I decided to start-up my own group whilst on holiday in Turkey, my brain suddenly decided that I needed to start my own group so I did.  Although I loved doing improvisation courses around the country, I wanted to be able to improvise closer to home where I could focus on improvisation that interested me, and that didn’t break my bank balance with trips to London.  I love improvisation with a passion and teaching it and spreading some of my passion and joy seemed like the most natural thing to do.”

DBA:  It is clear to see that you are very passionate about the art form, however what do you personally hope to achieve?

KB:  “I hope to have an improvisation group that is performing regularly in Lancaster, we have currently performed once for friends and family and we’re working towards our second performance in April.

I want to help spread the word about improvisation and bring improvisation to the North as at the moment it is highly concentrated in the South of England, mainly in London and in Brighton, but small groups further North are helping to spread the improv joy.

I also want to encourage more people to get involved with improvisation by running courses.”

DBA:  How do you feel that improvisation has helped you develop as a person, and how have the people you have met and taught helped?

KB:  “Improvisation has helped me become the person I am today, if you can stand up in front of a room full of people with nothing but an audience suggestion and create something beautiful there is nothing that you can’t do.  I have the confidence to speak in public and laugh more in one improvisation class than most people probably do in a week.  I have met some incredible people through improvisation.  My fellow improvisers are the most inspiring, creative, encouraging, intelligent people I have ever met.  I have improv friends that span the globe who I have shared more laughter and honest moments with than most people have with friends they have had a lifetime.  Although the time I get to spend with these people is often brief, it is worth every glorious second.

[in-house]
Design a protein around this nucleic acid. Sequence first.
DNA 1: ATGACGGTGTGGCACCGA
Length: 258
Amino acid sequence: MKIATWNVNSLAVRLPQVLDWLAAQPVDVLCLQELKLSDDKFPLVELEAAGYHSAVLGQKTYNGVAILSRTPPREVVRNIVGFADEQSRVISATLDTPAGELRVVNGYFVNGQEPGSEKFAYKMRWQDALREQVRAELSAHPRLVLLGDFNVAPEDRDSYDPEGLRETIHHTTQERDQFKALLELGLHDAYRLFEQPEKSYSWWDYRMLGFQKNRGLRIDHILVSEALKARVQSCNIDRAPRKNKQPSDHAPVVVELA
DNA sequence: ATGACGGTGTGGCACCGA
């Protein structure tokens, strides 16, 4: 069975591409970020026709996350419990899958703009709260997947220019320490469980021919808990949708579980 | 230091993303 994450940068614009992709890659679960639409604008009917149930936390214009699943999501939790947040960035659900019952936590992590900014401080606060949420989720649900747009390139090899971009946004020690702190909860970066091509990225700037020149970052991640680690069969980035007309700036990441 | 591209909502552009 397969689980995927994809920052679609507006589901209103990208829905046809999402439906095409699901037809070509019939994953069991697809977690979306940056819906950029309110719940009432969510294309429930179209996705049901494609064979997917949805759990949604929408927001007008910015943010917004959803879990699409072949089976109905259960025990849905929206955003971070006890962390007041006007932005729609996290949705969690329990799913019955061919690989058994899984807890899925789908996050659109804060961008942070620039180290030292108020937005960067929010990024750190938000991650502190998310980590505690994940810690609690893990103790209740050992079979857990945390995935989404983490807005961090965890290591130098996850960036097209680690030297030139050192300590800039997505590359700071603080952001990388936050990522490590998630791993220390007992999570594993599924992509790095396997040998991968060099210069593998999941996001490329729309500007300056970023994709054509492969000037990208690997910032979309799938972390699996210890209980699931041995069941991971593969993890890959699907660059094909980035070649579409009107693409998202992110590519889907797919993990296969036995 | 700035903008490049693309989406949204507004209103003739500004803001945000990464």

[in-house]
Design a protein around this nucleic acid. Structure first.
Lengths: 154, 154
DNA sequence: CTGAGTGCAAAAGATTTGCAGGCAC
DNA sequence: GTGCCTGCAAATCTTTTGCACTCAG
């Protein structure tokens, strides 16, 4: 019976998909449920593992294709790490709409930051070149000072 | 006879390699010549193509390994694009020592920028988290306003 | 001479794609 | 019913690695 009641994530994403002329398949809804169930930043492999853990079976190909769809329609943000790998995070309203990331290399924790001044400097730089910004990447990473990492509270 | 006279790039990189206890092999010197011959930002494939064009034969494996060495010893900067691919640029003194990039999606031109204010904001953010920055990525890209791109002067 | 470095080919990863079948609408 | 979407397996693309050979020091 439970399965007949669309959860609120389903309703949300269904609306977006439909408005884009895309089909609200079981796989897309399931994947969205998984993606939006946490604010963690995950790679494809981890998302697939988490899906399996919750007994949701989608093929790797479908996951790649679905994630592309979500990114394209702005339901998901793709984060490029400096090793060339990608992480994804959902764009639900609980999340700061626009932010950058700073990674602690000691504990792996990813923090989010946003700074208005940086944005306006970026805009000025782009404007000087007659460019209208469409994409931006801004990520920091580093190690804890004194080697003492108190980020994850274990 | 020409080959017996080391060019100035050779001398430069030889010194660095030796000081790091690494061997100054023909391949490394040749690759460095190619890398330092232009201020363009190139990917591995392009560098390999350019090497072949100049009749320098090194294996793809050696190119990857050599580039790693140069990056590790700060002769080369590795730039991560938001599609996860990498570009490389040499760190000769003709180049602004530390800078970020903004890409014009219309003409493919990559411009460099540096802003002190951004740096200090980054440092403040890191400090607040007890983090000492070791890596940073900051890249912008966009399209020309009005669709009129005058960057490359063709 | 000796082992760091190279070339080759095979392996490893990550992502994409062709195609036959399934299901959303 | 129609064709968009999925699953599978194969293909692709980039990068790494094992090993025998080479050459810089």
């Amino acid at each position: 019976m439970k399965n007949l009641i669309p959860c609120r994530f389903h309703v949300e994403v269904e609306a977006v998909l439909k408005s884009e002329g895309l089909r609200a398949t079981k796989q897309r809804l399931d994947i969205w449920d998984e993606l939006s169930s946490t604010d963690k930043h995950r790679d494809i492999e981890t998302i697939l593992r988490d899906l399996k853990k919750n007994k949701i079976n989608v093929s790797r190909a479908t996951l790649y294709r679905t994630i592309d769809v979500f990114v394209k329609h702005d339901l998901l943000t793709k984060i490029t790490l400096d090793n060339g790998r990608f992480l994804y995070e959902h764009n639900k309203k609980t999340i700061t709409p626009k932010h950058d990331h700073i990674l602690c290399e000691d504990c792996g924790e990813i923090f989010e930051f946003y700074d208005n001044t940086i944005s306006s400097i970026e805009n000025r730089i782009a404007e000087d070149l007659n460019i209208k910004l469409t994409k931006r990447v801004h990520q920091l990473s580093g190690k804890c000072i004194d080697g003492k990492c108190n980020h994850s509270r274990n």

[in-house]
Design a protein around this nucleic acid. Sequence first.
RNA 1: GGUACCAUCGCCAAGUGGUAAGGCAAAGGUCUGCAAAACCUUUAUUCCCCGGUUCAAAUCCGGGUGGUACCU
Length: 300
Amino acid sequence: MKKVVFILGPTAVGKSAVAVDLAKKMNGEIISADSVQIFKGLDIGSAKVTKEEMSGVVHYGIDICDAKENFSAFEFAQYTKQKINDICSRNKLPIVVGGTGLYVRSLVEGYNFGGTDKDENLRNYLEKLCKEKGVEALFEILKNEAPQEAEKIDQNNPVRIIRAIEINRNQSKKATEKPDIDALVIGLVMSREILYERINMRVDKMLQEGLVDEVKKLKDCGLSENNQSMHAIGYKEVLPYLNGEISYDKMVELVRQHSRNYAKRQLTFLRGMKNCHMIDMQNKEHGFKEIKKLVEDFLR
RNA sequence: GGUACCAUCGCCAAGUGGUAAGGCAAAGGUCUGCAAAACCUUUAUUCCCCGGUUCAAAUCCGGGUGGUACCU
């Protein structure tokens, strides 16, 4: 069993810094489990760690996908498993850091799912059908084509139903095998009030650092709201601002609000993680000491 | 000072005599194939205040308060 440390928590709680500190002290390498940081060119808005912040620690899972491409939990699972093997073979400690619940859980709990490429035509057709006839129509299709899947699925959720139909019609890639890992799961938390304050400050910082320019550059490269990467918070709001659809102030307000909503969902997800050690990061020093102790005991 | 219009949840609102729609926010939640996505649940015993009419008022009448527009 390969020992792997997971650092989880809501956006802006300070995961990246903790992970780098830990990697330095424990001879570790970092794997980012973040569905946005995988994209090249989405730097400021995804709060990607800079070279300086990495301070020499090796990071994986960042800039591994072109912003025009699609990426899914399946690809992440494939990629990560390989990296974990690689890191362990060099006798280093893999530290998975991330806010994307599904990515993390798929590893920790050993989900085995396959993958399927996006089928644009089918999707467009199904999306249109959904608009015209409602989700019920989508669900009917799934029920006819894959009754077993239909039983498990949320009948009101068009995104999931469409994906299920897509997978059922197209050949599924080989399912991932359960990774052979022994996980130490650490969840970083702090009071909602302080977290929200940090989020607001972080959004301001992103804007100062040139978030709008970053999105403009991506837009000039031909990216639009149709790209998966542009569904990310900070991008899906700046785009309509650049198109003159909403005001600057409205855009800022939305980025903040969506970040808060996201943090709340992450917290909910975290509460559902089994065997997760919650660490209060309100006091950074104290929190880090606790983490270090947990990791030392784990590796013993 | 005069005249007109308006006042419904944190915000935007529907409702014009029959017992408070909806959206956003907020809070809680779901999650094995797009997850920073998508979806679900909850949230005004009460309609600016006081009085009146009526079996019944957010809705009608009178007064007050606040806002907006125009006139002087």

I’ve also done a lot of improvisation with The Maydays who are an improvisation group from Brighton that specialise in musical improv.  I’ve done some wonderful workshops with them including going to their 5 day improv residential that they hold in Dorset each year.  I’ve also done some amazing workshops with Parallelogramophonograph from Austin Texas and Jason Chin from Chicago.”

DBA:  I think I know the answer, but finally why would you recommend improvisation to other people, especially to people who have never tried it before?

KB:  “Improvisation is life changing, if find the right teacher you can find a place where you are truly accepted for who you are, where you are surrounded by a group of people who are encouraging you and supporting you.  Improvisation will boost your confidence and your happiness.  You will meet wonderful new people and feel exhilarated and free.  With improvisation the possibilities are endless, it is very therapeutic.”

It is clear to see the passion and high esteem that the founder of ‘We Are Improv’, Katy Bateson, has for her art and the hopes that she has for her company.  It is an especially brave act to start your own improv group, at a time when the cultural cuts in the UK are affecting the access and funding of culture throughout the country.  However, where there is a will, there is a way, and Katy has demonstrated her steely determination to help bring laughter and smiles to audiences across the country, wherever her and her improv partners go.

For further information, or to register an interest and book a performance, please email Katy at info@weareimprov.co.uk.  The website, www.weareimprov.co.uk, has recently been upgraded, and visitors can look forward to an introduction to the group, and be kept informed of upcoming shows and blog entries.  Currently ‘We Are Improv’ are based in Lancaster, but hope to provide shows to a wider region.